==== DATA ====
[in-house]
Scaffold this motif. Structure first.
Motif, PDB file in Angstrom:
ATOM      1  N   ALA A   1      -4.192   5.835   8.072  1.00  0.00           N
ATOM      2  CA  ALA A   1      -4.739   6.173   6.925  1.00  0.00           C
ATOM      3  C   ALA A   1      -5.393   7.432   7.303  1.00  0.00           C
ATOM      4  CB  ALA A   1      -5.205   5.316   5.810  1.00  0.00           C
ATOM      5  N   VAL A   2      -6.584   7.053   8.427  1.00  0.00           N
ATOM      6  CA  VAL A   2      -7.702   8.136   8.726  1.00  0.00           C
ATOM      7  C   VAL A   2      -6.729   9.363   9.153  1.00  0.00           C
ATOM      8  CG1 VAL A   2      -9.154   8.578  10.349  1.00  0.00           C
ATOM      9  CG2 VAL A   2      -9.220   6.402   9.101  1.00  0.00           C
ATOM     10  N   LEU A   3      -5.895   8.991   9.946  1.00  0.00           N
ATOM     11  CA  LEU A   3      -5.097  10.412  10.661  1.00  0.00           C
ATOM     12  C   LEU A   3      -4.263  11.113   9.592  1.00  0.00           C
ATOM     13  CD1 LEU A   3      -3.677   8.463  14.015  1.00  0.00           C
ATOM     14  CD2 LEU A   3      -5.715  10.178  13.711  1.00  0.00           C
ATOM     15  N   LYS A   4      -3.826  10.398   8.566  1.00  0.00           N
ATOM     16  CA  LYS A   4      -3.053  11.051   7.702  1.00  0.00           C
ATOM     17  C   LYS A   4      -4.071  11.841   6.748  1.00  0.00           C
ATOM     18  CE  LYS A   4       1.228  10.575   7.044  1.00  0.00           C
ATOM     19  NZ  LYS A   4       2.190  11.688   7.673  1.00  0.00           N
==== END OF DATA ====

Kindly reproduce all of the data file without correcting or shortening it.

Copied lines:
[in-house]
Scaffold this motif. Structure first.
Motif, PDB file in Angstrom:
ATOM      1  N   ALA A   1      -4.192   5.835   8.072  1.00  0.00           N
ATOM      2  CA  ALA A   1      -4.739   6.173   6.925  1.00  0.00           C
ATOM      3  C   ALA A   1      -5.393   7.432   7.303  1.00  0.00           C
ATOM      4  CB  ALA A   1      -5.205   5.316   5.810  1.00  0.00           C
ATOM      5  N   VAL A   2      -6.584   7.053   8.427  1.00  0.00           N
ATOM      6  CA  VAL A   2      -7.702   8.136   8.726  1.00  0.00           C
ATOM      7  C   VAL A   2      -6.729   9.363   9.153  1.00  0.00           C
ATOM      8  CG1 VAL A   2      -9.154   8.578  10.349  1.00  0.00           C
ATOM      9  CG2 VAL A   2      -9.220   6.402   9.101  1.00  0.00           C
ATOM     10  N   LEU A   3      -5.895   8.991   9.946  1.00  0.00           N
ATOM     11  CA  LEU A   3      -5.097  10.412  10.661  1.00  0.00           C
ATOM     12  C   LEU A   3      -4.263  11.113   9.592  1.00  0.00           C
ATOM     13  CD1 LEU A   3      -3.677   8.463  14.015  1.00  0.00           C
ATOM     14  CD2 LEU A   3      -5.715  10.178  13.711  1.00  0.00           C
ATOM     15  N   LYS A   4      -3.826  10.398   8.566  1.00  0.00           N
ATOM     16  CA  LYS A   4      -3.053  11.051   7.702  1.00  0.00           C
ATOM     17  C   LYS A   4      -4.071  11.841   6.748  1.00  0.00           C
ATOM     18  CE  LYS A   4       1.228  10.575   7.044  1.00  0.00           C
ATOM     19  NZ  LYS A   4       2.190  11.688   7.673  1.00  0.00           N